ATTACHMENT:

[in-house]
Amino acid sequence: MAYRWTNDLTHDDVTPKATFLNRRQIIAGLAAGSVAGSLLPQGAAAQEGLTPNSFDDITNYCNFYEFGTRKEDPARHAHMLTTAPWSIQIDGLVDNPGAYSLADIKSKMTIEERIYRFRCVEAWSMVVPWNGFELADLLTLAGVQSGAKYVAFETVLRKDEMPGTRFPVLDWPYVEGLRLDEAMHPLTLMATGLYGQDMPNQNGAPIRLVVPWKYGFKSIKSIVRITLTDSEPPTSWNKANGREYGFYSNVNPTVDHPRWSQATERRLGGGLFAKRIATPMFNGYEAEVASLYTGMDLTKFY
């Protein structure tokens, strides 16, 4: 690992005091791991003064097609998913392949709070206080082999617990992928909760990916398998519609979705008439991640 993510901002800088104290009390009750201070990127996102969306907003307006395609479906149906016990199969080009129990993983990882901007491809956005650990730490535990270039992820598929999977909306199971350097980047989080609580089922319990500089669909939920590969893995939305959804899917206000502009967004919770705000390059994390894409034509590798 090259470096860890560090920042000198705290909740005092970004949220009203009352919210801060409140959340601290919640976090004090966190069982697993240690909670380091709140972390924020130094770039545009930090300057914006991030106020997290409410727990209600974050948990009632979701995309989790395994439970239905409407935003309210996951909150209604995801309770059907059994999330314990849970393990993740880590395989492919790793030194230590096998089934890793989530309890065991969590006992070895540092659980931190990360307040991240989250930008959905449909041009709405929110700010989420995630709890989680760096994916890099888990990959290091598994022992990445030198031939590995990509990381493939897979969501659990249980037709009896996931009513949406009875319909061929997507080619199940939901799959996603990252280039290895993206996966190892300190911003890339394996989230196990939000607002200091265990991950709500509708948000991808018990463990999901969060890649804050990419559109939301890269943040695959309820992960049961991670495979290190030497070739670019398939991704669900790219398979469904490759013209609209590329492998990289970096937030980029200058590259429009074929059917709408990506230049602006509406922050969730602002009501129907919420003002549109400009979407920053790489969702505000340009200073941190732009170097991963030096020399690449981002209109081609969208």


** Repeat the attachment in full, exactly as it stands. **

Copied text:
[in-house]
Amino acid sequence: MAYRWTNDLTHDDVTPKATFLNRRQIIAGLAAGSVAGSLLPQGAAAQEGLTPNSFDDITNYCNFYEFGTRKEDPARHAHMLTTAPWSIQIDGLVDNPGAYSLADIKSKMTIEERIYRFRCVEAWSMVVPWNGFELADLLTLAGVQSGAKYVAFETVLRKDEMPGTRFPVLDWPYVEGLRLDEAMHPLTLMATGLYGQDMPNQNGAPIRLVVPWKYGFKSIKSIVRITLTDSEPPTSWNKANGREYGFYSNVNPTVDHPRWSQATERRLGGGLFAKRIATPMFNGYEAEVASLYTGMDLTKFY
């Protein structure tokens, strides 16, 4: 690992005091791991003064097609998913392949709070206080082999617990992928909760990916398998519609979705008439991640 993510901002800088104290009390009750201070990127996102969306907003307006395609479906149906016990199969080009129990993983990882901007491809956005650990730490535990270039992820598929999977909306199971350097980047989080609580089922319990500089669909939920590969893995939305959804899917206000502009967004919770705000390059994390894409034509590798 090259470096860890560090920042000198705290909740005092970004949220009203009352919210801060409140959340601290919640976090004090966190069982697993240690909670380091709140972390924020130094770039545009930090300057914006991030106020997290409410727990209600974050948990009632979701995309989790395994439970239905409407935003309210996951909150209604995801309770059907059994999330314990849970393990993740880590395989492919790793030194230590096998089934890793989530309890065991969590006992070895540092659980931190990360307040991240989250930008959905449909041009709405929110700010989420995630709890989680760096994916890099888990990959290091598994022992990445030198031939590995990509990381493939897979969501659990249980037709009896996931009513949406009875319909061929997507080619199940939901799959996603990252280039290895993206996966190892300190911003890339394996989230196990939000607002200091265990991950709500509708948000991808018990463990999901969060890649804050990419559109939301890269943040695959309820992960049961991670495979290190030497070739670019398939991704669900790219398979469904490759013209609209590329492998990289970096937030980029200058590259429009074929059917709408990506230049602006509406922050969730602002009501129907919420003002549109400009979407920053790489969702505000340009200073941190732009170097991963030096020399690449981002209109081609969208």